Another Nail In The Coffin Of Bush`s “44% Hispanic Share”

Friday`s
Washington Post finally caught up with what we`ve
been talking about here at VDARE.COM since the election:
the National Election Pool`s

exit poll
claim that 44% of Hispanics voted for
George W. Bush is implausible. It is now being viewed
skeptically by professional pollsters. [Pollsters
Debate Hispanics` Presidential Voting
, by Darryl
Fears, November 26, 2004]

I`ve
previously noted the external evidence for this claim (here)
and the internal evidence from inconsistencies in the
exit polls (here).

Now I can
explain why the exit poll results were internally
inconsistent.

Of
course, this won`t make any difference to the Bushies.
They will believe what they

want to believe
.

But it
might interest any

Republicans
wondering if their party

really needs
to be taken over the immigration

cliff
.

The
problem with the exit polls: Bush`s reported shares of
the national and regional Hispanic vote were inflated
compared to the sum of the state-by-state numbers.

As you
may recall:

  • The
    regional figure for Bush`s Hispanic share in the South
    was an extraordinary 64 percent. But the weighted
    average of the "broken-out states" (the ones
    with enough Hispanics to report their partisan
    breakdown) in the region (Florida, Texas, Georgia, and
    Oklahoma) was only 58 percent. It`s utterly unlikely
    that the unlisted states in the South could have made
    up the difference. Florida is home to the most
    traditionally

    rock-ribbed Republican Hispanics,
    the

    anti-Communist Cubans
    . Texas is

    Bush`s home state.
    Yet he didn`t get 60 percent in
    either state. He would have had to win more than
    100 percent
    of the votes in the states that
    weren`t broken out to reach 64 percent for the South
    as a region.

  • Similarly,
    Bush`s regional share in the West was reported as 39
    percent. But the broken-out states (which account for
    97 percent of the West`s Hispanics) summed up to only
    34 percent.

  • In the
    Midwest, the regional share was 32 percent—again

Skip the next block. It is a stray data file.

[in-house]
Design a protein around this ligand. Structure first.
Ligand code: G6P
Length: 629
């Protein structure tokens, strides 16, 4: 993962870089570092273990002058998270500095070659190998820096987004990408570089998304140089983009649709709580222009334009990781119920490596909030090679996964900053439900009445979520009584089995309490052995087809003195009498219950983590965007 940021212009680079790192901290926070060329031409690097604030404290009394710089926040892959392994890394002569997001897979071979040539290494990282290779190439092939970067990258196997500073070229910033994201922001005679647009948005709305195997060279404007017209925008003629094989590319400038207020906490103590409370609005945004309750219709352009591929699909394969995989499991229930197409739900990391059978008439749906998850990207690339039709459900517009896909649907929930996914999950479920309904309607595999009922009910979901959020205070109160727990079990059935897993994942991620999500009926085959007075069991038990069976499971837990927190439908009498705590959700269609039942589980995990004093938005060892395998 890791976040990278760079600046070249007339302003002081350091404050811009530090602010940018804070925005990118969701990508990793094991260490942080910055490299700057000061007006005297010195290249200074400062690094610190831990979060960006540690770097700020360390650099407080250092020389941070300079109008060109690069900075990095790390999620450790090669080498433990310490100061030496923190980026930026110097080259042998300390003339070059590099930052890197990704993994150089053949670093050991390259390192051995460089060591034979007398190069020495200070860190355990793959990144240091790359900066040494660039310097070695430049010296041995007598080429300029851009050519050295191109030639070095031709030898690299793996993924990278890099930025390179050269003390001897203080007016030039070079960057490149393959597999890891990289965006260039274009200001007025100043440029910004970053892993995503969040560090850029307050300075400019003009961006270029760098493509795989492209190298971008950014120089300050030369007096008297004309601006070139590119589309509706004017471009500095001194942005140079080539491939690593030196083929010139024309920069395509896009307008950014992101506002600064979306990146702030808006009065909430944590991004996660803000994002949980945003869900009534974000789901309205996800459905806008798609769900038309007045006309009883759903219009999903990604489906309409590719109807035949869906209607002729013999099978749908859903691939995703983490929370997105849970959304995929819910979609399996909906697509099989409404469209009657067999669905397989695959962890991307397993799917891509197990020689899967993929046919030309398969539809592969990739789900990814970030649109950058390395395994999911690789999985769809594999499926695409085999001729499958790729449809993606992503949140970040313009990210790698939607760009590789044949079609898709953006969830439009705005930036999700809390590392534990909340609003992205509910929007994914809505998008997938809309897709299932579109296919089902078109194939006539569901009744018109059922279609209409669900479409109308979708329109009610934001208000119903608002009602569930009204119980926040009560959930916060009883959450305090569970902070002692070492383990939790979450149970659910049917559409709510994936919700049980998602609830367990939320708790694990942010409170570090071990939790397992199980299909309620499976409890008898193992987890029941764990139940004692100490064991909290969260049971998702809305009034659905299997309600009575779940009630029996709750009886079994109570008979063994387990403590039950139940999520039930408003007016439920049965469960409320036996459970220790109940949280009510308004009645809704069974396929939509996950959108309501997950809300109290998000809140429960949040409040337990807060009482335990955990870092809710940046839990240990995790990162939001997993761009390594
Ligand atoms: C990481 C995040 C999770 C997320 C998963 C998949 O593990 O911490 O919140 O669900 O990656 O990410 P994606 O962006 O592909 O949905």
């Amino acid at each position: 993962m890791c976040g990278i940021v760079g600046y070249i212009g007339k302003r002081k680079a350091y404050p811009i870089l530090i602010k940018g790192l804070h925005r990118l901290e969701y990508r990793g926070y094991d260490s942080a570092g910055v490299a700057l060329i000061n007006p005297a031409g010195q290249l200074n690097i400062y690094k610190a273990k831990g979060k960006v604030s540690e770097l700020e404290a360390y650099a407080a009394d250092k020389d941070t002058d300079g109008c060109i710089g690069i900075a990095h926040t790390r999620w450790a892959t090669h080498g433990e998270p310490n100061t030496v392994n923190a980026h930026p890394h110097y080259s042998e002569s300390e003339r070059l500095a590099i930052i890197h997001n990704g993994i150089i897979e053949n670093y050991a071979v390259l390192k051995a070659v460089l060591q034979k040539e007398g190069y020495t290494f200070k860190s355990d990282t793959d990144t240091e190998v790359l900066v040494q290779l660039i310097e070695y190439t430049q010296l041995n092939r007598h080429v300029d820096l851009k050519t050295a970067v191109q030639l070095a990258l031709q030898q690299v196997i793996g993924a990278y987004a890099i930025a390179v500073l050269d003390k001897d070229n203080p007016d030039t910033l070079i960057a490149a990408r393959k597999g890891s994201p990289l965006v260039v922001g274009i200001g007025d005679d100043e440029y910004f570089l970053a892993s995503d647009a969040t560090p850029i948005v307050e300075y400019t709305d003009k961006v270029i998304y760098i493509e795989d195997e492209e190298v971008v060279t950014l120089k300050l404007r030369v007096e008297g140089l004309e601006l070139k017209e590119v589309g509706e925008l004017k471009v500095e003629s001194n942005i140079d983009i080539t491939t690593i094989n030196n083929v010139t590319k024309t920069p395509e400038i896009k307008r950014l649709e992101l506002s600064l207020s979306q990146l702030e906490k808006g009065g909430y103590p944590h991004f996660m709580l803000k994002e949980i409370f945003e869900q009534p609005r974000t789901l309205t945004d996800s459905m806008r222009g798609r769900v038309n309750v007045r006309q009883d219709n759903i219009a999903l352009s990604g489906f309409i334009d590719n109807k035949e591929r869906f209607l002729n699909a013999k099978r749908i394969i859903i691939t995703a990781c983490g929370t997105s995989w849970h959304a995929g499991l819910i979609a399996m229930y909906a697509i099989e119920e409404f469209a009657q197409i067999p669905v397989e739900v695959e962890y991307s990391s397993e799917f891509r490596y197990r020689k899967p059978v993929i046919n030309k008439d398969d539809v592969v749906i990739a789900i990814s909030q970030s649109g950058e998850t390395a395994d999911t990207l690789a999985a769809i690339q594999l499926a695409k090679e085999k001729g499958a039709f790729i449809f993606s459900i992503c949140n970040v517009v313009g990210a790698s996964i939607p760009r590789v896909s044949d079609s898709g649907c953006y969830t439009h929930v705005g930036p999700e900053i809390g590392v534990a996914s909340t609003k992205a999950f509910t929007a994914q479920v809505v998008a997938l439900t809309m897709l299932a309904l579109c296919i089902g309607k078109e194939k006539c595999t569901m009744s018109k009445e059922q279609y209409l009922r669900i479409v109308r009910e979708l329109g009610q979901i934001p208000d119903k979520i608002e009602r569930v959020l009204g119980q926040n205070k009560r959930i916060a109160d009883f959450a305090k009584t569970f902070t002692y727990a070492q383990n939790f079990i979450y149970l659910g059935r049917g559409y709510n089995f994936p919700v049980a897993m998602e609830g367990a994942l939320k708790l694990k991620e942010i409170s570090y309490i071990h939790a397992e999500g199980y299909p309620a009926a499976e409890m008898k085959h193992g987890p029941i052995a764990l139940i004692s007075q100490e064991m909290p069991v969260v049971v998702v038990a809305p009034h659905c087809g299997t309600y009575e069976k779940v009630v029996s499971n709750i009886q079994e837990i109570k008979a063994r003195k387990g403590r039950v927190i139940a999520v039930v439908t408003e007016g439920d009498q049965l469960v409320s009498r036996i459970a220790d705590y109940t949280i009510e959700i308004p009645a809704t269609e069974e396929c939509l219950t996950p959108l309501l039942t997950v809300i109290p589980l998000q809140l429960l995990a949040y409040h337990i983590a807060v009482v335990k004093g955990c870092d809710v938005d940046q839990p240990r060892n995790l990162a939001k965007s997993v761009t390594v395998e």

higher than the broken-out states` 29 percent.

  • Only in the
    East did the regional share and the broken out states
    equate, at 28 percent.

The cause
of this internal discrepancy is that the national and
regional numbers are based on

  • A much
    smaller sample size than the state numbers

  • A much
    longer questionnaire

Across
the 50 states plus Washington D.C., a total of 76,298
voters filled in exit poll questionnaires. Of these,
62,638 respondents (82 percent) answered the short form
questionnaire, which contained only about two dozen
questions. These 62,638 responses were used in
calculating the state results—but not the
regional and national results.

The
regional and national results came from just the 13,660
respondents who filled in the long form (about 60
questions).

Clearly,
this methodology is just asking for trouble.

One
obvious source of error: there might not have been a
large enough sample size of Hispanics among people who
filled in the long form and thus got included in the
national/regional results. The sample size of
"national"
Hispanics would have been around
1,100—bad, but not as good as the 3,700 Hispanics in the
broken-out states.

Edison-Mitofsky,
who conducted the NEP exit poll have a Frequently Asked
Question list that includes this

answer
:


"The margin of error for a 95%
confidence interval is about +/- 3% for a typical
characteristic from the national exit poll and +/-4% for
a typical state exit poll. Characteristics that are more
concentrated in a few polling places, such as race, have
larger sampling errors."

While
telephone pollsters generally use random dialing to get
a representative sample, exit pollsters have to guess
ahead of time on the sample of voting stations they`ll
send their pollsters to.